Halifax filmmaker Koumbie knows her debut feature, Bystanders—showing at FIN Atlantic International Film Festival on Sep 22—is bound to get people talking, but that’s the point: “What do you do when someone you like does something you hate?” she says, managing to get to the crux of it all before her phone interview with The Coast even cracks the half-hour mark. “Community is everything to me, it’s something that I believe in. And what community actually looks like is something that I think all of us are still kind of trying to figure out. There is an incredibly toxic disease, unfortunately, in our society: It is rape culture and the patriarchy and misogyny and we see it everywhere and it seeps into everything and it's something that is so unbelievably enraging. And also, we all are participating in it. And so how do we not just say ‘Fuck you, goodbye. Move to a different country.’ … Because we can't do that with everybody. And everyone is participating in it. So what does community actually look like?”
This is where Bystanders, which Koumbie began writing in a pre-Weinstein era, based on stories of her friends’ experiences with assault and intimate partner violence, comes from: What do a group of lifelong friends say when they realize one of their own has perpetrated someone else’s #MeToo moment? And moreover, what should they do about it?
Adds Koumbie: “Obviously sexual assault is not a grey area. But what we actually need for real change to happen: I think that part is a grey area, and something that we have not agreed on and probably never will.”
This group portrait of community and complicitness might be too murky or steep in hands other than hers. But Koumbie (who works professionally under a mononym and uses she/they pronouns) is just about the only filmmaker who could be trusted with a story so sharp-edged yet soft-hearted: A veritable triple threat writer, actor and director, they’ve been crafting (and often starring) in shorts on sticky subjects for over a decade now, becoming a luminary in Halifax’s film scene along the way. (In a sense, Bystanders reflects this standing, with a host of Halifax actors coming together to act out Koumbie’s precise vision.)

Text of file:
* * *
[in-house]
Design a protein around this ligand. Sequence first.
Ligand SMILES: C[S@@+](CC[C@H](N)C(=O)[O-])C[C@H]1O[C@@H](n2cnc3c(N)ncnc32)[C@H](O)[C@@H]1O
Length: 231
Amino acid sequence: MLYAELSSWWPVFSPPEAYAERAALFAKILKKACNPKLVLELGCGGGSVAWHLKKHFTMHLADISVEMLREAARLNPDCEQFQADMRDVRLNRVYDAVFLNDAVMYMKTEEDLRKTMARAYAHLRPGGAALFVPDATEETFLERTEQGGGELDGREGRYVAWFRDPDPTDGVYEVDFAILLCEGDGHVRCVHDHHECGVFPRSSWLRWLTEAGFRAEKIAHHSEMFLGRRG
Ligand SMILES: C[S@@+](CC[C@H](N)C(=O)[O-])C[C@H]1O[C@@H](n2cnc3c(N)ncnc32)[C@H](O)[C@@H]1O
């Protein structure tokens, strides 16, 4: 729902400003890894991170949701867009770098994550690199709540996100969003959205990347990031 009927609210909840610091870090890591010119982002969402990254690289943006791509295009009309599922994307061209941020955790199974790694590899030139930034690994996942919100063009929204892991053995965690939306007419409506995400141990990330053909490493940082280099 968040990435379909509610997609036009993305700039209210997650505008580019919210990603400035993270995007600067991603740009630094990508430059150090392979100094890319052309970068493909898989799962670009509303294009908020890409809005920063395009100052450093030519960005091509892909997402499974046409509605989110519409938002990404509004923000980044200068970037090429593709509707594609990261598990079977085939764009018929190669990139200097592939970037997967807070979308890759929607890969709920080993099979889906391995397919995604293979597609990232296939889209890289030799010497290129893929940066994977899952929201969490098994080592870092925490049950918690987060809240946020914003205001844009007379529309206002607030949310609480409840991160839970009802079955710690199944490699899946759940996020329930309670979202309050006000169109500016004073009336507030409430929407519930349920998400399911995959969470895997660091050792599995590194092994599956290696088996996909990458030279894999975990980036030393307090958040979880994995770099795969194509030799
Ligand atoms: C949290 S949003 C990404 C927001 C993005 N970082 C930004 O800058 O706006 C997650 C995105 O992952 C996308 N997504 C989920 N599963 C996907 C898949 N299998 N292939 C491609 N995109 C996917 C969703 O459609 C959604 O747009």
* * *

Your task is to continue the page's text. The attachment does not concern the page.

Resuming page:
For them, directing “definitely started because I just wanted to perform and I was too eager to be waiting by the phone for an agent to like, give me an audition, to give me an opportunity,” she says, an almost audible shrug. But it quickly became more than that: When Koumbie takes The Coast’s call, they are working as a cross between first AD and line producer on a shoot in New Brunswick, running to the car to chat on their lunch break. Their resume is an ever-expanding list of jobs on sets across the city and region, including their current training to be an intimacy coordinator. It’s about more than just telling a story or, as she puts it, “loving the controlled chaos on set.” She’s also rebuilding the community that’s meant everything to them along the way.
Between its presentation of imperfect survivors and the choice to never show the act that turns everyone’s world upside down, in Bystanders Koumbie arrives as an unflinching new directorial voice, one who’s ready to know the guts of a story so that it can be told in an unexpected way. When asked their favourite scene in the film, they hesitate about how much to say: “There is a scene in the movie that I think is very possible 90% of our audience will hate. I think it is very possible that a lot of people are not going to like it—and maybe a lot of people aren't going to understand it. But it is something that I'm really proud we kept in, because I think it's important—and it's around how people deal with trauma. I think it's really easy to say that we're not going to judge victims and survivors of this, but then it’s not as easy to walk that talk.”
But Koumbie thinks in film, really. If the audience at FIN misunderstands, it’ll border on willful, since her vision is so clear it makes crystal appear clouded. As her lunch break wraps, she tells a story about the moment she realized she could be a director: “I was [meeting with a potential director for a script I’d written], explaining what was in my head and I said, ‘The camera moves through here, and up here like the close-up here.’ And she stopped me and was like: ‘Why aren’t you directing this? Like, everything just explained to me is kind of what directing is. You've already basically shot listed the thing. Can I ask why you're not directing?’” they recall. “And that was kind of a mind-blowing moment because it had literally never occurred to me. I grew up on film sets, but I'd never seen women directors. I've never seen BIPOC directors. I'd certainly never seen a Black woman director. And so the idea just hadn't crossed my mind. And so as soon as she said that, it was like, ‘Oh, well. OK, yeah. That just makes sense.’”
Fast-forward to the set of Bystanders and that difficult scene, and Koumbie adds: “I’m proud of that because we took risks in the writing and in the shooting of it. And it was phenomenally performed. We were all crying in the other room while we were shooting it.”